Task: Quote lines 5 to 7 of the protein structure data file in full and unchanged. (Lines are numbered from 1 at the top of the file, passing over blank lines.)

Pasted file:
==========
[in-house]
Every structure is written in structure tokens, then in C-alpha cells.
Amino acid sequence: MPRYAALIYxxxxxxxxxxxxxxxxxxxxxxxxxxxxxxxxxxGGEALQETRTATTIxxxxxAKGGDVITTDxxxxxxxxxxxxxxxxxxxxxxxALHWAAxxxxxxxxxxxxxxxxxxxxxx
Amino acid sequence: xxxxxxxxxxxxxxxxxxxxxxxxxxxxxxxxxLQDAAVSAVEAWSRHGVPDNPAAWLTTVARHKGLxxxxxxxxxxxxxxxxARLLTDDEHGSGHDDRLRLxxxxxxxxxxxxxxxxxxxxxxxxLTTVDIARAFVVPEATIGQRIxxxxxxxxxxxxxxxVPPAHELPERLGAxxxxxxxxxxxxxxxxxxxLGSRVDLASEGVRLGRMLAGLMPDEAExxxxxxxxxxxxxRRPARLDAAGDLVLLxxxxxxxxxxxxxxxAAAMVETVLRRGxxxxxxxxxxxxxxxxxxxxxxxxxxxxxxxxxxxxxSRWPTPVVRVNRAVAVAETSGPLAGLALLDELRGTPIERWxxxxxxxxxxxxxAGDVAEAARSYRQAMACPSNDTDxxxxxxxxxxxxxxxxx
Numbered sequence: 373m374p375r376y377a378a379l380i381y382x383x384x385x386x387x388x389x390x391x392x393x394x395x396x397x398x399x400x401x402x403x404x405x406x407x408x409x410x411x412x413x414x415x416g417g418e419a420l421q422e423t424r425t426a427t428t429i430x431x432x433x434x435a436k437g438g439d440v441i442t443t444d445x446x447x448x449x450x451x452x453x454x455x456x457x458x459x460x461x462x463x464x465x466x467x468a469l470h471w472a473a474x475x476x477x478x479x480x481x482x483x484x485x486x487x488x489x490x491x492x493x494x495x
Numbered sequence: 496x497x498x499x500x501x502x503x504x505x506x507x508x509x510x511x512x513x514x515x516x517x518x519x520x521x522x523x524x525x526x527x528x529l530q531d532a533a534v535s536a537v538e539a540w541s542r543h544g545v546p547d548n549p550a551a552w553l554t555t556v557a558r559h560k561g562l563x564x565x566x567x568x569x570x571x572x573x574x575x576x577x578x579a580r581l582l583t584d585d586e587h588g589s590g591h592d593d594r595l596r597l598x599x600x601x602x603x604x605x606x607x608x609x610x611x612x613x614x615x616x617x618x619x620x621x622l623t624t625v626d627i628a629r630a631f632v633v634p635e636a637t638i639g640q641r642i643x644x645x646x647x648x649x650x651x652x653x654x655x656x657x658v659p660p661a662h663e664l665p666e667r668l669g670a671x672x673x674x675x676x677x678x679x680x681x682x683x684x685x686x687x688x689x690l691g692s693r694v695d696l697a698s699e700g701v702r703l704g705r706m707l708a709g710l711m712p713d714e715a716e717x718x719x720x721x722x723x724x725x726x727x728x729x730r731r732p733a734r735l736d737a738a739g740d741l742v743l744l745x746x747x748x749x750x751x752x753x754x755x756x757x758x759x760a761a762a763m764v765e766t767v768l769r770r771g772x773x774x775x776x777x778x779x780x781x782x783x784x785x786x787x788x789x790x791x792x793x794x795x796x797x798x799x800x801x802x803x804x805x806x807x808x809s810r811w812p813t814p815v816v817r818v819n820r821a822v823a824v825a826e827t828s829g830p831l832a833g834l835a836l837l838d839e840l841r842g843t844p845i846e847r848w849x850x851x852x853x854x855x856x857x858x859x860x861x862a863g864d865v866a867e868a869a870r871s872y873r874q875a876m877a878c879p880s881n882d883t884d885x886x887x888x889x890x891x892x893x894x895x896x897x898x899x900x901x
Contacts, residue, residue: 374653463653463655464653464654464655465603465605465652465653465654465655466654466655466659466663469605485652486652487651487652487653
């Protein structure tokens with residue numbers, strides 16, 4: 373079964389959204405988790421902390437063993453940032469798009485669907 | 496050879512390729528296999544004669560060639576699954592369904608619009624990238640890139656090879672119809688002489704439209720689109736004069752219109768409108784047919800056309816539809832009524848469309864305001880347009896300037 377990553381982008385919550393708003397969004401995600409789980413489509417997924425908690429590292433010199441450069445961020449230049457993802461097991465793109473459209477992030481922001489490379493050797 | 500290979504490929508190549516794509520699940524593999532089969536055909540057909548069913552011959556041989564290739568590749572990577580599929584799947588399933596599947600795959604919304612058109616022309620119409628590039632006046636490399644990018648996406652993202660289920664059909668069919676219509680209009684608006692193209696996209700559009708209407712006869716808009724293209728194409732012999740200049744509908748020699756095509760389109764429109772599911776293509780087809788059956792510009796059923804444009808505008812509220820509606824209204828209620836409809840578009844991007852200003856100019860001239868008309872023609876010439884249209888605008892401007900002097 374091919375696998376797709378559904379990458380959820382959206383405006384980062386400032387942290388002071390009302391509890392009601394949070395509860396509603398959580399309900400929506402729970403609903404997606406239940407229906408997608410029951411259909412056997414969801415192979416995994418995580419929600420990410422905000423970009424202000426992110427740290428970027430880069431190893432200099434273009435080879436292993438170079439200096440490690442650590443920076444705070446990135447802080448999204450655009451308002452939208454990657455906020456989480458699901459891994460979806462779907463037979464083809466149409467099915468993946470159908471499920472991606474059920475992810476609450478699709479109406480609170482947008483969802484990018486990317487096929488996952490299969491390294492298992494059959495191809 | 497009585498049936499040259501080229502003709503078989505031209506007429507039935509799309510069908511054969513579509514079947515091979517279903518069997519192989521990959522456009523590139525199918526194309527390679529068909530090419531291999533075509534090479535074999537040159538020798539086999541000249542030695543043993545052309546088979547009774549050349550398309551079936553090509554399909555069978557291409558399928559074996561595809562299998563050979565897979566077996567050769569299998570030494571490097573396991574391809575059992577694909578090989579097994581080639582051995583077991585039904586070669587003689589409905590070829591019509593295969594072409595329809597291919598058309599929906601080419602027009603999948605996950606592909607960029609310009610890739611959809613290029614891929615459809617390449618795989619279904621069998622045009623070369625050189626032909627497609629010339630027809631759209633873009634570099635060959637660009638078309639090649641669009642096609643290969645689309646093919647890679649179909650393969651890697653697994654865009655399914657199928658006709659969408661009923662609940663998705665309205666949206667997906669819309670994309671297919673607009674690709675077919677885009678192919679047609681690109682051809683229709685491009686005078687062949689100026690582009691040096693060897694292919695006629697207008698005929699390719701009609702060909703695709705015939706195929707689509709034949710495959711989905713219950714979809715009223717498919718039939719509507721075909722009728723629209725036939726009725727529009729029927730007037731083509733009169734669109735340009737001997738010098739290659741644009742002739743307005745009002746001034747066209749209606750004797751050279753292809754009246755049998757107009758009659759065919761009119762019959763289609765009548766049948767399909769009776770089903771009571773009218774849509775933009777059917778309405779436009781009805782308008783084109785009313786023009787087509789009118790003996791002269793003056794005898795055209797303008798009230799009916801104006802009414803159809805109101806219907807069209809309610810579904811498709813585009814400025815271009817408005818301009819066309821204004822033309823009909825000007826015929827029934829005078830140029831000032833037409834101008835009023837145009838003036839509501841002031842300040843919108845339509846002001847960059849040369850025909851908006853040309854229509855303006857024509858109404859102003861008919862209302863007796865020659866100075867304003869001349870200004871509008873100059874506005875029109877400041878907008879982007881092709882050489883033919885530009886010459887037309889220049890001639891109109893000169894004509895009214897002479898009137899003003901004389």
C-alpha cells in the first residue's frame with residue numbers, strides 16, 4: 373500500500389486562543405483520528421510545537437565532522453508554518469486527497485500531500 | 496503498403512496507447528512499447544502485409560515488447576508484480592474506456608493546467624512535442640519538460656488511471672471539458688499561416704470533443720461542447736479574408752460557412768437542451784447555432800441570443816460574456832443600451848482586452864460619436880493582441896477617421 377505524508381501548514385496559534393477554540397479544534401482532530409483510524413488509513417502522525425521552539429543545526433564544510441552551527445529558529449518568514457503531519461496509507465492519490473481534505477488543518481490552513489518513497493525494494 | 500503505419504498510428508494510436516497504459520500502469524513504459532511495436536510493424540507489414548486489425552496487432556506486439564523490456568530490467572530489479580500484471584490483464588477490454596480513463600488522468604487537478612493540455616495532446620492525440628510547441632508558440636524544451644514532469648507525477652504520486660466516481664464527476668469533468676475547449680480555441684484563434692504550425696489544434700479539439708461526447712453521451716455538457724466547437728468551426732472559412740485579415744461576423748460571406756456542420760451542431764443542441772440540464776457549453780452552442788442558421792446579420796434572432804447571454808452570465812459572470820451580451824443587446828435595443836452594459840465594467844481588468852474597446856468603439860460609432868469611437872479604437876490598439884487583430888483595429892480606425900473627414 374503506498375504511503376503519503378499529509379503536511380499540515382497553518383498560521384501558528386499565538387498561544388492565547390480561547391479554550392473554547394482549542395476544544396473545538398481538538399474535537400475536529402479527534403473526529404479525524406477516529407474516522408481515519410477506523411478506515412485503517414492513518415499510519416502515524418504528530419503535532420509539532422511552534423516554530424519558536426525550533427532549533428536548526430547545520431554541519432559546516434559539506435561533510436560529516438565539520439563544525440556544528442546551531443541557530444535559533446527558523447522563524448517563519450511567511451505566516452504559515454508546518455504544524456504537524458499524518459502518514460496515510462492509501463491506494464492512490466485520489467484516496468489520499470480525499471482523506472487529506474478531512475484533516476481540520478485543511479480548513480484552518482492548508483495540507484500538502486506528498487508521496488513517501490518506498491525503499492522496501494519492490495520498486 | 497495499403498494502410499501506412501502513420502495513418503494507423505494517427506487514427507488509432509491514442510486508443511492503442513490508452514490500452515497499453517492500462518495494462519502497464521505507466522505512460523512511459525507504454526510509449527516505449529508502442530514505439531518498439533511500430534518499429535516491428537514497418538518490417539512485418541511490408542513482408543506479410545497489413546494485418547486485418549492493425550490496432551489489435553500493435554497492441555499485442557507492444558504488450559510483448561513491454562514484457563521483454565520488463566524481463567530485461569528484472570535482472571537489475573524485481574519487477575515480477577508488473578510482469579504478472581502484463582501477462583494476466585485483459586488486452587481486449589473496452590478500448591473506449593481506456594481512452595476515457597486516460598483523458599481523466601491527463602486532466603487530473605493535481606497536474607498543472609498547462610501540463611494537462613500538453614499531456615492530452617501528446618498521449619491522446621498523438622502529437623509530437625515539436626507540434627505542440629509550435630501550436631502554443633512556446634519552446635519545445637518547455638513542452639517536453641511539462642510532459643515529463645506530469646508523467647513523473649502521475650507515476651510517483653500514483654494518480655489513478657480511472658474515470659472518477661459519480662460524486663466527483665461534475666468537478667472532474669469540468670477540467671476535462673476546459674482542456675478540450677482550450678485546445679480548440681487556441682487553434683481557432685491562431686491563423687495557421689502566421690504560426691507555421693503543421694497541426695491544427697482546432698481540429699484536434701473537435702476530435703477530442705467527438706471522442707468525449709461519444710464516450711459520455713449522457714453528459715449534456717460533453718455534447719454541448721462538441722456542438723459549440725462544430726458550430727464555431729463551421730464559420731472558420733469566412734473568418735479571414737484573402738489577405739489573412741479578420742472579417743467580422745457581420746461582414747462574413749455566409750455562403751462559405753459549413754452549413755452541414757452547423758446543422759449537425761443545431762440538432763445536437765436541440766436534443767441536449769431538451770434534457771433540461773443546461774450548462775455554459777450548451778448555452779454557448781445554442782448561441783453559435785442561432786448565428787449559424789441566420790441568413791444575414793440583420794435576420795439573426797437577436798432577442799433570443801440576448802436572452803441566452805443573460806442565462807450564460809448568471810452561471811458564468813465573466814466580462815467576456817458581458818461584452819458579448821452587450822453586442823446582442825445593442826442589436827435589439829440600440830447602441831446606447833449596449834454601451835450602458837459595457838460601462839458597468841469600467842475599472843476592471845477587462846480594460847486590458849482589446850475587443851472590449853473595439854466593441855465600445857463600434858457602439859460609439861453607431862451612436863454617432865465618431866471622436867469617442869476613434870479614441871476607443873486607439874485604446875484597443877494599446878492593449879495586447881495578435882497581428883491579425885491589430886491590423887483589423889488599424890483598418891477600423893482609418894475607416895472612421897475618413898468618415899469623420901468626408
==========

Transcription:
Numbered sequence: 373m374p375r376y377a378a379l380i381y382x383x384x385x386x387x388x389x390x391x392x393x394x395x396x397x398x399x400x401x402x403x404x405x406x407x408x409x410x411x412x413x414x415x416g417g418e419a420l421q422e423t424r425t426a427t428t429i430x431x432x433x434x435a436k437g438g439d440v441i442t443t444d445x446x447x448x449x450x451x452x453x454x455x456x457x458x459x460x461x462x463x464x465x466x467x468a469l470h471w472a473a474x475x476x477x478x479x480x481x482x483x484x485x486x487x488x489x490x491x492x493x494x495x
Numbered sequence: 496x497x498x499x500x501x502x503x504x505x506x507x508x509x510x511x512x513x514x515x516x517x518x519x520x521x522x523x524x525x526x527x528x529l530q531d532a533a534v535s536a537v538e539a540w541s542r543h544g545v546p547d548n549p550a551a552w553l554t555t556v557a558r559h560k561g562l563x564x565x566x567x568x569x570x571x572x573x574x575x576x577x578x579a580r581l582l583t584d585d586e587h588g589s590g591h592d593d594r595l596r597l598x599x600x601x602x603x604x605x606x607x608x609x610x611x612x613x614x615x616x617x618x619x620x621x622l623t624t625v626d627i628a629r630a631f632v633v634p635e636a637t638i639g640q641r642i643x644x645x646x647x648x649x650x651x652x653x654x655x656x657x658v659p660p661a662h663e664l665p666e667r668l669g670a671x672x673x674x675x676x677x678x679x680x681x682x683x684x685x686x687x688x689x690l691g692s693r694v695d696l697a698s699e700g701v702r703l704g705r706m707l708a709g710l711m712p713d714e715a716e717x718x719x720x721x722x723x724x725x726x727x728x729x730r731r732p733a734r735l736d737a738a739g740d741l742v743l744l745x746x747x748x749x750x751x752x753x754x755x756x757x758x759x760a761a762a763m764v765e766t767v768l769r770r771g772x773x774x775x776x777x778x779x780x781x782x783x784x785x786x787x788x789x790x791x792x793x794x795x796x797x798x799x800x801x802x803x804x805x806x807x808x809s810r811w812p813t814p815v816v817r818v819n820r821a822v823a824v825a826e827t828s829g830p831l832a833g834l835a836l837l838d839e840l841r842g843t844p845i846e847r848w849x850x851x852x853x854x855x856x857x858x859x860x861x862a863g864d865v866a867e868a869a870r871s872y873r874q875a876m877a878c879p880s881n882d883t884d885x886x887x888x889x890x891x892x893x894x895x896x897x898x899x900x901x
Contacts, residue, residue: 374653463653463655464653464654464655465603465605465652465653465654465655466654466655466659466663469605485652486652487651487652487653